Epson BrightLink 436Wi Interactive LCD Projector Review
Epson BrightLink 436Wi Interactivity
What seperates the Epson 436Wi projector from your typical projector, is of course, the interactivity. Epson has done a great job producing a simple to use, easy to navigate, interactive projector. This part of the review will discuss both the features, and provide new buyers of the unit a jumpstart on how to set it up. I don’t cover all the details, but it is so simple to setup, that you may not even need to look at the manual.
The interactivity takes place because the projector is hooked up to your laptop, or desktop, via a USB Type A to Type B cable. The projector comes with a special interactive pen which is used as both a mouse, and as a annotation tool. You will start by plugging everthing in to the projector. This would be the very long USB cable provided in the box, and of course, your desired choice of either HDMI, or VGA input to get a signal to the projector. Next you install the interactive software drivers and tools.
Calibration is a big part of making the system work properly. Epson has made this very easy to do. Simply enter the menu systems Extended Features tab, and choose Manual Calibration.
Once you have chosen the projectors Manual Calibration, you will then be presented with a screen that asks you to focus the projector. It then gives you brief instructions on what to do next. Basically, green dots will appear on the screen. You simply touch them with your pen until all the dots have been hit. You are now ready to start using the interactive features of the projector.
Once you have installed the software, and calibrated the projector to work with the pen, you now can annotate and take advantage of the extensive features the Epson BrightLink 436Wi offers. Although the 436Wi is not as featureful out of the box as some interactive projectors, it has all the most used tools available to you. This simplicity is what I personally feel makes this projector an award winner. When you start the software you can have the interactive menu bar appear on the right or the left side of the screen. You can even hide it when not in use. Take a look at a close up of the menu system to the left. All the icons are very familiar shapes from some of the most commonly used software programs.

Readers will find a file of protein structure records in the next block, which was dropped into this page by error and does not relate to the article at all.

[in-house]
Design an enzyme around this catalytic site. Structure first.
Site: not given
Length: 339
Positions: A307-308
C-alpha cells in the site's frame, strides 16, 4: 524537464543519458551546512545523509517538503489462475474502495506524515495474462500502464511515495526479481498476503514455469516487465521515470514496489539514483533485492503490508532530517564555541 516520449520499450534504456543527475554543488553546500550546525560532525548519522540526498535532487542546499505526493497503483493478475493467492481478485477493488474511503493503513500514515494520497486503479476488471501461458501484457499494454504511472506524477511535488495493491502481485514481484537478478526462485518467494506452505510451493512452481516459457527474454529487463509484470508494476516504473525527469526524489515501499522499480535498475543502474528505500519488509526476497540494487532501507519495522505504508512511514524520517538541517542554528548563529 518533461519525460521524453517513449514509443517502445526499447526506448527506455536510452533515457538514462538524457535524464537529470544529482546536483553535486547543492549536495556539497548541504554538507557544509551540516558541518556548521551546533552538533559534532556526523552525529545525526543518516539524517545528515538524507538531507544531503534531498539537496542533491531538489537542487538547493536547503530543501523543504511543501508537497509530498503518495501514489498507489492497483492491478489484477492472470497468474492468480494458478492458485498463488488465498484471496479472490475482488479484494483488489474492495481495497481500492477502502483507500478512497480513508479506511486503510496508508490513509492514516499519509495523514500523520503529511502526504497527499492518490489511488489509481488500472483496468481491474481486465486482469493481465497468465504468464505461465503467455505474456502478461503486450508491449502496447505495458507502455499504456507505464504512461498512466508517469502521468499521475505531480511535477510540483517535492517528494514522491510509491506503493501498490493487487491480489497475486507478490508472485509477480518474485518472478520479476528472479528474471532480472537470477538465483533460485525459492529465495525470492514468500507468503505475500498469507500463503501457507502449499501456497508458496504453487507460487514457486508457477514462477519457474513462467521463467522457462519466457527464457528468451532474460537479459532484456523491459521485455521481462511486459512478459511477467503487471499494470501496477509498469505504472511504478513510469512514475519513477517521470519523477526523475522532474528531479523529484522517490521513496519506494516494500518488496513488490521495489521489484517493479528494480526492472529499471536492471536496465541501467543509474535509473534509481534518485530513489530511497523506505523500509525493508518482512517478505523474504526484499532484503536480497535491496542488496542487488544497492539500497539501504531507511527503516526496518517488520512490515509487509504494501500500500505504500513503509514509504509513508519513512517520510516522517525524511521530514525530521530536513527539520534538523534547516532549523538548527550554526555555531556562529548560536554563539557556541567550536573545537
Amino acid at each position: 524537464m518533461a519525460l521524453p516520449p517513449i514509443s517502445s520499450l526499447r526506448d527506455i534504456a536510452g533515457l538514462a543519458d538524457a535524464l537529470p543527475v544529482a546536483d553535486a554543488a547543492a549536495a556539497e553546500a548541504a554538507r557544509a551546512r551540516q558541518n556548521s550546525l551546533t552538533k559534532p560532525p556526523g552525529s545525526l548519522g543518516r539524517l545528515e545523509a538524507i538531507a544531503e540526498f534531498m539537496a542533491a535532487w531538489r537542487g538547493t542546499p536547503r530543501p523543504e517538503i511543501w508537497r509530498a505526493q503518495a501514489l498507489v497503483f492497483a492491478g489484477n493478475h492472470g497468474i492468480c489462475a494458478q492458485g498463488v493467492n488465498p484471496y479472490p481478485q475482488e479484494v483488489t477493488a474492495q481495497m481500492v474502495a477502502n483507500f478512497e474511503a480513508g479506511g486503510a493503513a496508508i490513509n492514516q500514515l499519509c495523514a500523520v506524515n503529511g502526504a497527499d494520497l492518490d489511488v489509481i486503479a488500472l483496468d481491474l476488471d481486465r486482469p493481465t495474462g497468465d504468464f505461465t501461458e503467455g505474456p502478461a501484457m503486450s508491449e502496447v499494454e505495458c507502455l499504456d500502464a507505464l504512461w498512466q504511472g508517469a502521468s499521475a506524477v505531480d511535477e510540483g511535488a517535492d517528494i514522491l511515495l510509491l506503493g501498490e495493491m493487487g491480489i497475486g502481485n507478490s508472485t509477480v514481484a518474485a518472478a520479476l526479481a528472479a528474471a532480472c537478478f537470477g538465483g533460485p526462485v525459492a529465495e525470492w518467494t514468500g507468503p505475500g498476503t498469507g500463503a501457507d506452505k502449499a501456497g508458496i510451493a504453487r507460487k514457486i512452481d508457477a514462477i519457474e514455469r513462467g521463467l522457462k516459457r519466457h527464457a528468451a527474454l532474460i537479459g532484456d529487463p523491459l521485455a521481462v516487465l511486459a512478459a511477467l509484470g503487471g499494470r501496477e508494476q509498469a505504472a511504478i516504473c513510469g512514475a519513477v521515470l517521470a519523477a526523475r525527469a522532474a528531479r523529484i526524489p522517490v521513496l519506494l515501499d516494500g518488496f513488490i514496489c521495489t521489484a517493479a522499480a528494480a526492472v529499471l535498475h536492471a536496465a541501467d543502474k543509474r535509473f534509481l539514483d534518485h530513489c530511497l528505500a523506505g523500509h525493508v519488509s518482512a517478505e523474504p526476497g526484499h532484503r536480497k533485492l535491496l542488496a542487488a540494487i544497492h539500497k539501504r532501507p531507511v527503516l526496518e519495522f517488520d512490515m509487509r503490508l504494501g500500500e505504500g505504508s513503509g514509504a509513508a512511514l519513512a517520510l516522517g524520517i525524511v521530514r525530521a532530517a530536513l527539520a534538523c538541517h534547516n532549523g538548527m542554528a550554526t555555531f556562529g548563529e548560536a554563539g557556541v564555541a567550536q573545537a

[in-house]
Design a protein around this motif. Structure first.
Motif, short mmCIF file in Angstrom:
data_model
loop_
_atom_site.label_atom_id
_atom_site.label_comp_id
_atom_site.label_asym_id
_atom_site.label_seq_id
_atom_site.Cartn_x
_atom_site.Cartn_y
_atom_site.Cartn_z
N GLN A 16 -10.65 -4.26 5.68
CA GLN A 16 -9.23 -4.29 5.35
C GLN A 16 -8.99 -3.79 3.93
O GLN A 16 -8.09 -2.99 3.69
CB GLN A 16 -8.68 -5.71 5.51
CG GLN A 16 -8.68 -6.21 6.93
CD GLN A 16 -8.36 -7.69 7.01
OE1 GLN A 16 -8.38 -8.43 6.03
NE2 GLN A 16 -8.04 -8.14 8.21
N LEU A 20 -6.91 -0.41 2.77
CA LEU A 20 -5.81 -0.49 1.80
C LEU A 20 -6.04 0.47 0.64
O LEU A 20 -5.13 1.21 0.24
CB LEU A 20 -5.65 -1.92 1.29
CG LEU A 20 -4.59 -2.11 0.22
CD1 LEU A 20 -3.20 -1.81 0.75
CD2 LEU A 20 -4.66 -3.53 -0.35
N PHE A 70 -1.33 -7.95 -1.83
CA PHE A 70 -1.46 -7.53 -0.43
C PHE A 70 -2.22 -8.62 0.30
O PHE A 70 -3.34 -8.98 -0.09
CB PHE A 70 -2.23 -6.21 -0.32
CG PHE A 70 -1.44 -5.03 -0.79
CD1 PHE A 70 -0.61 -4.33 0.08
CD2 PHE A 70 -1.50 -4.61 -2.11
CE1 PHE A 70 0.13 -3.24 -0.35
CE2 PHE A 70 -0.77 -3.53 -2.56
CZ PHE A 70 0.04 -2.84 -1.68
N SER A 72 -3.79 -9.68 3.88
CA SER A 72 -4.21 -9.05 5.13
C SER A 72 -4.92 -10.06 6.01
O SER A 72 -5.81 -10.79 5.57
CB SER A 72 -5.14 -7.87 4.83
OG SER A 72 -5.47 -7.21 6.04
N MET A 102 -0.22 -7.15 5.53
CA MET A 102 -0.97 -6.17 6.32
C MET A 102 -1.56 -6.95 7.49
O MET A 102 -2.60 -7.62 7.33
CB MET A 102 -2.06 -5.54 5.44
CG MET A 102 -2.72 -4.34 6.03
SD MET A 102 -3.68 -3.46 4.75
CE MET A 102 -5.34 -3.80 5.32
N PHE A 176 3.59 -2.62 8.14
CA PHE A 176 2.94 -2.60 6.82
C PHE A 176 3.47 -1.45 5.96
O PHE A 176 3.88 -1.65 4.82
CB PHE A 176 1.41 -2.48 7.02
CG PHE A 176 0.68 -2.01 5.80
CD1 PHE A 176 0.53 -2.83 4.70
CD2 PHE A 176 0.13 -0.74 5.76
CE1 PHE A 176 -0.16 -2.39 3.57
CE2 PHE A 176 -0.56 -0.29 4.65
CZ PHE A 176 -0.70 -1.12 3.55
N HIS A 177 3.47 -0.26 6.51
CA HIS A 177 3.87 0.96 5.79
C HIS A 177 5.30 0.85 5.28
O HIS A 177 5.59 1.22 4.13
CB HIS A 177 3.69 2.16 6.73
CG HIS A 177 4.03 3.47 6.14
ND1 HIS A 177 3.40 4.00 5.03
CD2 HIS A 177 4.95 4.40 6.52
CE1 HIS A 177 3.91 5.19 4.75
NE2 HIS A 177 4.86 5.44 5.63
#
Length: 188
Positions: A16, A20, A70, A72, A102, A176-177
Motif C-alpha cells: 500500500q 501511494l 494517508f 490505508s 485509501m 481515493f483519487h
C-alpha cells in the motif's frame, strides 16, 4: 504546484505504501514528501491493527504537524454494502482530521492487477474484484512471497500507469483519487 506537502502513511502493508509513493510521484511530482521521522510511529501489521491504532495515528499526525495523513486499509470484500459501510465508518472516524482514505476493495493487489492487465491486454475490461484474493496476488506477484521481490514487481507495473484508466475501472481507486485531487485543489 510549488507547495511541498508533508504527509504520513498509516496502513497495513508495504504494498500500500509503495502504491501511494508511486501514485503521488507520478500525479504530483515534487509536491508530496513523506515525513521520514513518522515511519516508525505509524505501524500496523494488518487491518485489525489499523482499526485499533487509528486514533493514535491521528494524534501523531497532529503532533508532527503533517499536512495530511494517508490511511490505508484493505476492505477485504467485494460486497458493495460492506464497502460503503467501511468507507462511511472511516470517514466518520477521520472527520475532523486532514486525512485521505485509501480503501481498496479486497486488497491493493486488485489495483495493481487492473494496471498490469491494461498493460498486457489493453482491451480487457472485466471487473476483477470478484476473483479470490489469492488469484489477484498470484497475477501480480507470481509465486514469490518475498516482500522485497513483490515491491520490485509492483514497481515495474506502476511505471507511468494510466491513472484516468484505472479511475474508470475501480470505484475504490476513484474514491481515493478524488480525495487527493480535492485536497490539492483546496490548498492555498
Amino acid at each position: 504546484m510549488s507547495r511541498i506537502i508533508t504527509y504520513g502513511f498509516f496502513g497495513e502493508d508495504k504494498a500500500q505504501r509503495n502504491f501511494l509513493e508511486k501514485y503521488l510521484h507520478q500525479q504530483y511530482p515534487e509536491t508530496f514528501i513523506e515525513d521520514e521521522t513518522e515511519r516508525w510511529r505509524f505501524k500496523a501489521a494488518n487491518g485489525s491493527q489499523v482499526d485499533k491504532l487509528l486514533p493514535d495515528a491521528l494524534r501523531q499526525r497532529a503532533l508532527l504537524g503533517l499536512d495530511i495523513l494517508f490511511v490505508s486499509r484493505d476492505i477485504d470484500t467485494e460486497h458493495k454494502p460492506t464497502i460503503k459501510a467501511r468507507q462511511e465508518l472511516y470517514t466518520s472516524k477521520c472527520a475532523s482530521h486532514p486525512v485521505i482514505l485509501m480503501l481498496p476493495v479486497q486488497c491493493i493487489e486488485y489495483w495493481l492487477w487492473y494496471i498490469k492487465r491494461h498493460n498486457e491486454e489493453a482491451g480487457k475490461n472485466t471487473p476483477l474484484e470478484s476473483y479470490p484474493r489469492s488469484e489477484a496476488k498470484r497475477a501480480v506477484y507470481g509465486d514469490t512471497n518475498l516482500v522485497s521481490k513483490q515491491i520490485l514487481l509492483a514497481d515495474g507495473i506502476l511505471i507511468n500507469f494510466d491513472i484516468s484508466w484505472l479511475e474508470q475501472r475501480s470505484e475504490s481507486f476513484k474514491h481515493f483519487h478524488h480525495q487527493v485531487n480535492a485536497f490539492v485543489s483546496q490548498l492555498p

You have the choice of using the annotation features over the current screen you are viewing, or you can go into Whiteboard Mode. You will notice two tabs in the picture at the top of the menu. The left is the default, where you annotate over your current screen, and the right is Whiteboard. Whiteboard Mode turns the screen completely white and allows you to freely writer and draw on the board with ease. You can easily erase, clear the screen, and best of all, save your drawings to a file for distributing to your audience. Two pens can be used at the same time, however the projector only comes with one, so you will have to purchase the other separately. To enter text with the pen tool, Epson offers a on-screen keyboard as well. Simply tap the letters with the pen on the desired letters or numbers. This is useful for searching the web, and making small edits, or notes, on the screen.
You May Also Like
The Optoma ML750ST LED Projector Review – Part 1
HT Projectors: Sony VPL-HW45ES vs Epson HC5040UB
Epson Home Cinema 5040UB vs. JVC DLA-RS400U – A Comparison Review
JVC DLA-RS600U vs. Sony VPL-VW365ES – A Comparison Review
InFocus IN1118HD Mobile Projector Review
Sony VPL-HW45ES Home Theater Projector Review
Home Theater Projector Reviews Directory
LG MiniBeam PF1000U Projector Review